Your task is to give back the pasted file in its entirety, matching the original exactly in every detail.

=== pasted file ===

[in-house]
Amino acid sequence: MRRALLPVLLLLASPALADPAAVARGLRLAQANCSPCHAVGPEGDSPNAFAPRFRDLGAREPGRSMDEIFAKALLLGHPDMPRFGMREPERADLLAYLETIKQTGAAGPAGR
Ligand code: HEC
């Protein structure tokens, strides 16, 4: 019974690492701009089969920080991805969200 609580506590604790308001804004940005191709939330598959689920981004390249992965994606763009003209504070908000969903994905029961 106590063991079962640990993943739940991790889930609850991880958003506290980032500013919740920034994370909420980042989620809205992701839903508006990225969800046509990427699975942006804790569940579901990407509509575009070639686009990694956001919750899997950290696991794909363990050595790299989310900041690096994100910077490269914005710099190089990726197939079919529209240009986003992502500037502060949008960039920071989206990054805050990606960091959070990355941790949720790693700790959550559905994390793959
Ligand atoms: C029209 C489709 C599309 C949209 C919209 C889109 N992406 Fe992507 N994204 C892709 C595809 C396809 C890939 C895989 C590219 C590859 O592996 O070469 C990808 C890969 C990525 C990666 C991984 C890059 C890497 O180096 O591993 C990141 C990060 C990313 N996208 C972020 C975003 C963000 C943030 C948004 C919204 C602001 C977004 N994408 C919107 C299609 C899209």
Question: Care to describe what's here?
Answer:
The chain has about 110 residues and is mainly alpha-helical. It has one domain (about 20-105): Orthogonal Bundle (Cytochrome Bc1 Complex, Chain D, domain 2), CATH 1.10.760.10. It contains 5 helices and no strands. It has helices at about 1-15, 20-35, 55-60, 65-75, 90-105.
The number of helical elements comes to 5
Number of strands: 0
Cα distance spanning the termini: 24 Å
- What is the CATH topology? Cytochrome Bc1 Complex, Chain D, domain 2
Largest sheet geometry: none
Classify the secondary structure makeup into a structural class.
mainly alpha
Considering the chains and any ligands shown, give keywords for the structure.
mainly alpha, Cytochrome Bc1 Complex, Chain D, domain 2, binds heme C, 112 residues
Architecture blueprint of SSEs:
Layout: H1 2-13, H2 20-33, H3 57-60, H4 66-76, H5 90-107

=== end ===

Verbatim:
[in-house]
Amino acid sequence: MRRALLPVLLLLASPALADPAAVARGLRLAQANCSPCHAVGPEGDSPNAFAPRFRDLGAREPGRSMDEIFAKALLLGHPDMPRFGMREPERADLLAYLETIKQTGAAGPAGR
Ligand code: HEC
């Protein structure tokens, strides 16, 4: 019974690492701009089969920080991805969200 609580506590604790308001804004940005191709939330598959689920981004390249992965994606763009003209504070908000969903994905029961 106590063991079962640990993943739940991790889930609850991880958003506290980032500013919740920034994370909420980042989620809205992701839903508006990225969800046509990427699975942006804790569940579901990407509509575009070639686009990694956001919750899997950290696991794909363990050595790299989310900041690096994100910077490269914005710099190089990726197939079919529209240009986003992502500037502060949008960039920071989206990054805050990606960091959070990355941790949720790693700790959550559905994390793959
Ligand atoms: C029209 C489709 C599309 C949209 C919209 C889109 N992406 Fe992507 N994204 C892709 C595809 C396809 C890939 C895989 C590219 C590859 O592996 O070469 C990808 C890969 C990525 C990666 C991984 C890059 C890497 O180096 O591993 C990141 C990060 C990313 N996208 C972020 C975003 C963000 C943030 C948004 C919204 C602001 C977004 N994408 C919107 C299609 C899209």
Question: Care to describe what's here?
Answer:
The chain has about 110 residues and is mainly alpha-helical. It has one domain (about 20-105): Orthogonal Bundle (Cytochrome Bc1 Complex, Chain D, domain 2), CATH 1.10.760.10. It contains 5 helices and no strands. It has helices at about 1-15, 20-35, 55-60, 65-75, 90-105.
The number of helical elements comes to 5
Number of strands: 0
Cα distance spanning the termini: 24 Å
- What is the CATH topology? Cytochrome Bc1 Complex, Chain D, domain 2
Largest sheet geometry: none
Classify the secondary structure makeup into a structural class.
mainly alpha
Considering the chains and any ligands shown, give keywords for the structure.
mainly alpha, Cytochrome Bc1 Complex, Chain D, domain 2, binds heme C, 112 residues
Architecture blueprint of SSEs:
Layout: H1 2-13, H2 20-33, H3 57-60, H4 66-76, H5 90-107